Summary: Veta Dowd attempts to have her brother Elwood committed because he has an “imaginary friend” named Harvey—a rabbit who stands at over six feet tall. Antics ensue involving Mrs. Dowd’s involuntary accidental committal to the asylum. Ultimately, the head psychiatrist (Dr. Chumley) begins to see Harvey as well.
Thoughts: Because I have seen the 1950 film, Elwood’s lines echoed in my head in the voice of Jimmy Stewart—not an all-together unpleasant reading experience. Somehow, the cruelty of humans towards each other seemed much more apparent in this play than in the film, perhaps due to the unlikeable self-obsessed character of young Myrtle (Elwood’s niece).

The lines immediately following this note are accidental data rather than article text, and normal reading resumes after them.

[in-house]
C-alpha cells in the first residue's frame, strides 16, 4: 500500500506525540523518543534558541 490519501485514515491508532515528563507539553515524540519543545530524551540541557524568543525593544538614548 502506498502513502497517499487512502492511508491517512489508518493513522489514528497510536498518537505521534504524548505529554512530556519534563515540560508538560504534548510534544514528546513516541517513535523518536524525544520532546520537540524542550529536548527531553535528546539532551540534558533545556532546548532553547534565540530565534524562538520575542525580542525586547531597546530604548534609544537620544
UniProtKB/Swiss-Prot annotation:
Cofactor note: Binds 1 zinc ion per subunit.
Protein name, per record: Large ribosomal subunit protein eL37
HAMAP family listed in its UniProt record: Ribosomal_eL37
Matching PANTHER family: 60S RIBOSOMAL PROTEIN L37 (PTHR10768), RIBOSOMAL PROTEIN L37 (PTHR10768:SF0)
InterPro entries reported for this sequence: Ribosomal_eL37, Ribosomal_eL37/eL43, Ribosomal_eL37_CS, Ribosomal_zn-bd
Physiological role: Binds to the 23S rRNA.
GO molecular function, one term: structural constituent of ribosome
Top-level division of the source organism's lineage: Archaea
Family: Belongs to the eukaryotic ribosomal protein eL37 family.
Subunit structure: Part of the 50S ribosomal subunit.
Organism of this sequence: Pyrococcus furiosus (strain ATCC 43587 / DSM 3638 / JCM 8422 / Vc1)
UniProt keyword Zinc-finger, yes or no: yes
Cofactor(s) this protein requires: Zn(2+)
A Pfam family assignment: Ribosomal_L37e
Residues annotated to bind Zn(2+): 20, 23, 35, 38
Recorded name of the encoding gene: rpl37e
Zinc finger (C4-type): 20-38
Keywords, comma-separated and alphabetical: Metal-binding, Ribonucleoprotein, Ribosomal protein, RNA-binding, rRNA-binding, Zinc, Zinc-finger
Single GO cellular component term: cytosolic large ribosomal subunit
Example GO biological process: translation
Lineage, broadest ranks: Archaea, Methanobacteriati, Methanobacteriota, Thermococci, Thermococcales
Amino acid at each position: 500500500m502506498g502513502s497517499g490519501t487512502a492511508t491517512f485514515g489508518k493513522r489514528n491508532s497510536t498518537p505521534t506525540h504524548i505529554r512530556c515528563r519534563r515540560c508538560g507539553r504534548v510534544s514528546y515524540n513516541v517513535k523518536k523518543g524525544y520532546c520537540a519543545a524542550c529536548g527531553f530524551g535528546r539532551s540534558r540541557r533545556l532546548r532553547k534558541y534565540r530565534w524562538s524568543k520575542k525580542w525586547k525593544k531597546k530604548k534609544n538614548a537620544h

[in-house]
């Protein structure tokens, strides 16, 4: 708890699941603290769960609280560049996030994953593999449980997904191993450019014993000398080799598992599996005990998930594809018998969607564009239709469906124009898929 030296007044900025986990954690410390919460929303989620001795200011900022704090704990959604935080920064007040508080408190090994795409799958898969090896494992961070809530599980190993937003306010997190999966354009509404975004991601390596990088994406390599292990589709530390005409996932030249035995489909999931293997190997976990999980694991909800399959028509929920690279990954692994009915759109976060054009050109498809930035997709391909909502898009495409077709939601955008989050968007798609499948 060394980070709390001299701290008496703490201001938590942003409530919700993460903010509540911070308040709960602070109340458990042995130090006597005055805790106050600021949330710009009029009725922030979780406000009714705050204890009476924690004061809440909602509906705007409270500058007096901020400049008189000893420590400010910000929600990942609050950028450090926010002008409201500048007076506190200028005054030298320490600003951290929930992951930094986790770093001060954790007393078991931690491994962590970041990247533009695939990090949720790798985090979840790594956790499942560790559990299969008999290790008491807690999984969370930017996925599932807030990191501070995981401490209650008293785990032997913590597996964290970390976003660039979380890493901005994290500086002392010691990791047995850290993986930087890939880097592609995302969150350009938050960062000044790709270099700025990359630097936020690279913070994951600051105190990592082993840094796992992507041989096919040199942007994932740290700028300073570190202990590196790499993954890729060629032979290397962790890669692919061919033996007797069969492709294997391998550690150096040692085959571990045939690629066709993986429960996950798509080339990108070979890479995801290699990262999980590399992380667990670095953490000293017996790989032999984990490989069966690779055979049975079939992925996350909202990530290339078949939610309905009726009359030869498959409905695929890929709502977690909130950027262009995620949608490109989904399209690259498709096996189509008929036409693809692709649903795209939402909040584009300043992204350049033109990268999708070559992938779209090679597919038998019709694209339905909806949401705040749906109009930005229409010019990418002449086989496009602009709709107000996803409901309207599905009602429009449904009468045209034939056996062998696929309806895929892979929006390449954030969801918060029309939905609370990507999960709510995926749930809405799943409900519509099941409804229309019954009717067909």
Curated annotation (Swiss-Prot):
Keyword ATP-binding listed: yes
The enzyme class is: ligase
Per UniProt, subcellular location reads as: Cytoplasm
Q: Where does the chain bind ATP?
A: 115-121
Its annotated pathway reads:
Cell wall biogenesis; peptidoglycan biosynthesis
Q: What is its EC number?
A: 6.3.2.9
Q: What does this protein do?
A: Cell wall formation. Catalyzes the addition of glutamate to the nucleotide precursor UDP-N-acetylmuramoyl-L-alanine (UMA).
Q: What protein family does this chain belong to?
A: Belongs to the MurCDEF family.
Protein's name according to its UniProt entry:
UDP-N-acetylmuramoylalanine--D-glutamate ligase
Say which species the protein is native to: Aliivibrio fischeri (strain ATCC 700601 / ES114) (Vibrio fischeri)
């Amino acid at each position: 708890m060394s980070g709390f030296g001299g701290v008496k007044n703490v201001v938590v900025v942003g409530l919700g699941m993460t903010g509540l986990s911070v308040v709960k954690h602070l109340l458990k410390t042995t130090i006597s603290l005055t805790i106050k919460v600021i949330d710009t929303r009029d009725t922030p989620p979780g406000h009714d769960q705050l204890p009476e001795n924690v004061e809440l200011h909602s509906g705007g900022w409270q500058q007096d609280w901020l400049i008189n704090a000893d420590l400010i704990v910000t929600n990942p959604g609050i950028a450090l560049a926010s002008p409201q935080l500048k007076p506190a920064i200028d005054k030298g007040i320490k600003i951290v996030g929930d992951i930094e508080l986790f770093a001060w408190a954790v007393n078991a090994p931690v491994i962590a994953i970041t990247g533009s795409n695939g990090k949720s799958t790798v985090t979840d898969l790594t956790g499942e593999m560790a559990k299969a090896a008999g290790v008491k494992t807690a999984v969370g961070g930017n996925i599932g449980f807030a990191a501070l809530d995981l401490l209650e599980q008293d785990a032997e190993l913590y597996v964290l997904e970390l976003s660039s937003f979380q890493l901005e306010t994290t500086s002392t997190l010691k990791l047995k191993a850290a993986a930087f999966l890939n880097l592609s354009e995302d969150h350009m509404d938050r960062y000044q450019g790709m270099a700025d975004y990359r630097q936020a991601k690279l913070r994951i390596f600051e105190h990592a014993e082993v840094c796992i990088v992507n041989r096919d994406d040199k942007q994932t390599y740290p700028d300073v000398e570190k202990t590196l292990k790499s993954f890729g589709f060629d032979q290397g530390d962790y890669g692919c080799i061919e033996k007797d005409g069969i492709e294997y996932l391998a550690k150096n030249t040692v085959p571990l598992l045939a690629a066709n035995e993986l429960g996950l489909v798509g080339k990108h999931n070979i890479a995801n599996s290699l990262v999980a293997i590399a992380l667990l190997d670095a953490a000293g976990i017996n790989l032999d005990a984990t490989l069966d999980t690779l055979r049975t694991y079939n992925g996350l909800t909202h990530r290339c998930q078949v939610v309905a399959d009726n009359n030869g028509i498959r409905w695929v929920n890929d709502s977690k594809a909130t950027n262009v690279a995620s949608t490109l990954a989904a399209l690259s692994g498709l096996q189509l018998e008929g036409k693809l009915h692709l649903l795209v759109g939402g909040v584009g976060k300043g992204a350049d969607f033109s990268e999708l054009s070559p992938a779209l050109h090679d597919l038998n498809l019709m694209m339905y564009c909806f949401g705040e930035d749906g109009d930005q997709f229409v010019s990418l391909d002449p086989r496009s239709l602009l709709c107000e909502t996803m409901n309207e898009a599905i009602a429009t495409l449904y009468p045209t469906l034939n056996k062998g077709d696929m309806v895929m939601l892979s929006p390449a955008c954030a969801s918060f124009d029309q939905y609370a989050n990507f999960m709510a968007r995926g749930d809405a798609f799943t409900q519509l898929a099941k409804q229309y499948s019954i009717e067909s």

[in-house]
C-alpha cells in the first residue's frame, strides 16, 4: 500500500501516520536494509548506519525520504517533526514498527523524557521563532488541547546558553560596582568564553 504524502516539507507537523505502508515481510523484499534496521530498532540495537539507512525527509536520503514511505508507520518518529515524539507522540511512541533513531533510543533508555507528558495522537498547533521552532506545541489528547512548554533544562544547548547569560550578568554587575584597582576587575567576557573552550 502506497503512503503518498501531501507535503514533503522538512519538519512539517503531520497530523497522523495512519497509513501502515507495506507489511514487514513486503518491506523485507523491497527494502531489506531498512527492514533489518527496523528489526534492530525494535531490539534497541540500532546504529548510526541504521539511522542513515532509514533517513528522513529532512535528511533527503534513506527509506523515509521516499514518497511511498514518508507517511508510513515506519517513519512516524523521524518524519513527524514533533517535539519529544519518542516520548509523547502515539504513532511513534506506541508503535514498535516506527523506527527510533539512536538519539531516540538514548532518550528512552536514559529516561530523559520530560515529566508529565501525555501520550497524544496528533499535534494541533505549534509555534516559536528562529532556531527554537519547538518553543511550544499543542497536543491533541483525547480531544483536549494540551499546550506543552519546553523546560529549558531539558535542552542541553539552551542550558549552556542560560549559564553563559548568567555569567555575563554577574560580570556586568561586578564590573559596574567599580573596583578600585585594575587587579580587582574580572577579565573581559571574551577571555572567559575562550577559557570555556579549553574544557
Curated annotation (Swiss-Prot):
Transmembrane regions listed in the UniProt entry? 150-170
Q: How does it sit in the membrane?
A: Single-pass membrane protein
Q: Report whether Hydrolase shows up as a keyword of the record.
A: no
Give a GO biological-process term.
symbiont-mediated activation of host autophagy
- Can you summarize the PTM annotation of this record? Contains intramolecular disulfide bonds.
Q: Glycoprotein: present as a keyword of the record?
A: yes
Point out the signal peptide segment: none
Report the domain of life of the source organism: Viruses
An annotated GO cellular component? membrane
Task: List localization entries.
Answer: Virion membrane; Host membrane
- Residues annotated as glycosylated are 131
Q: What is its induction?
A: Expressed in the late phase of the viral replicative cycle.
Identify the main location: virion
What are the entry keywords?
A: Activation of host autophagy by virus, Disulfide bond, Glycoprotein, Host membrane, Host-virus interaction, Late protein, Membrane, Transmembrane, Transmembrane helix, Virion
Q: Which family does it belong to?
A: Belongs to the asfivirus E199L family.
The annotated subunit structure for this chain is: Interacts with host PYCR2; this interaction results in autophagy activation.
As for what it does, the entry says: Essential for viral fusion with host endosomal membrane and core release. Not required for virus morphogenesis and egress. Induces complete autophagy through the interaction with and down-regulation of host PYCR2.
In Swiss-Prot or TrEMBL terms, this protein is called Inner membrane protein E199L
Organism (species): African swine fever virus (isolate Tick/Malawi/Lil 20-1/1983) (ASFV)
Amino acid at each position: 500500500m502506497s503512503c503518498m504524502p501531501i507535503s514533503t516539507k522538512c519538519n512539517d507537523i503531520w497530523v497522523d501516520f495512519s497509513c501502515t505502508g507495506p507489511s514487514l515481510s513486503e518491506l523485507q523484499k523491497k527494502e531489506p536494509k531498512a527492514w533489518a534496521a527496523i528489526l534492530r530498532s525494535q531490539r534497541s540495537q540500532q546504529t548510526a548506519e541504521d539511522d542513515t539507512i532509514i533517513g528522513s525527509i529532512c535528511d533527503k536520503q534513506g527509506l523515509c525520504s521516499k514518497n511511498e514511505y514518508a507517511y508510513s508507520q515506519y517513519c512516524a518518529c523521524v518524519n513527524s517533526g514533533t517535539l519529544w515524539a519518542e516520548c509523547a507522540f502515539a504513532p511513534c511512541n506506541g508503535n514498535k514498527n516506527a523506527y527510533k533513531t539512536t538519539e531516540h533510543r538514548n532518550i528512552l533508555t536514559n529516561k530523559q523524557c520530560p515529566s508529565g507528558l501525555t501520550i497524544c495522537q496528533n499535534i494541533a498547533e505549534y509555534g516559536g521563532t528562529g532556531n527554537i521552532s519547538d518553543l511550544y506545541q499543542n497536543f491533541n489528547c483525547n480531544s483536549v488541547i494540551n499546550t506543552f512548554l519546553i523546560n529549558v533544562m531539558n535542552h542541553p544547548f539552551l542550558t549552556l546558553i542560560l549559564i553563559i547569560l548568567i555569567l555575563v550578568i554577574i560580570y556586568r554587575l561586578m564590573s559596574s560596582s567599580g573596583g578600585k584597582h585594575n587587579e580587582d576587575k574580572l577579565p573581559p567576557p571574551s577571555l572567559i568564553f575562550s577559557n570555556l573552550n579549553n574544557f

In their brief introduction, Gassner/Barnes reveal that, in the staging of the play, the choice to make Harvey invisible was simply because the director couldn’t figure out how to put a six-foot rabbit on stage without looking ridiculous.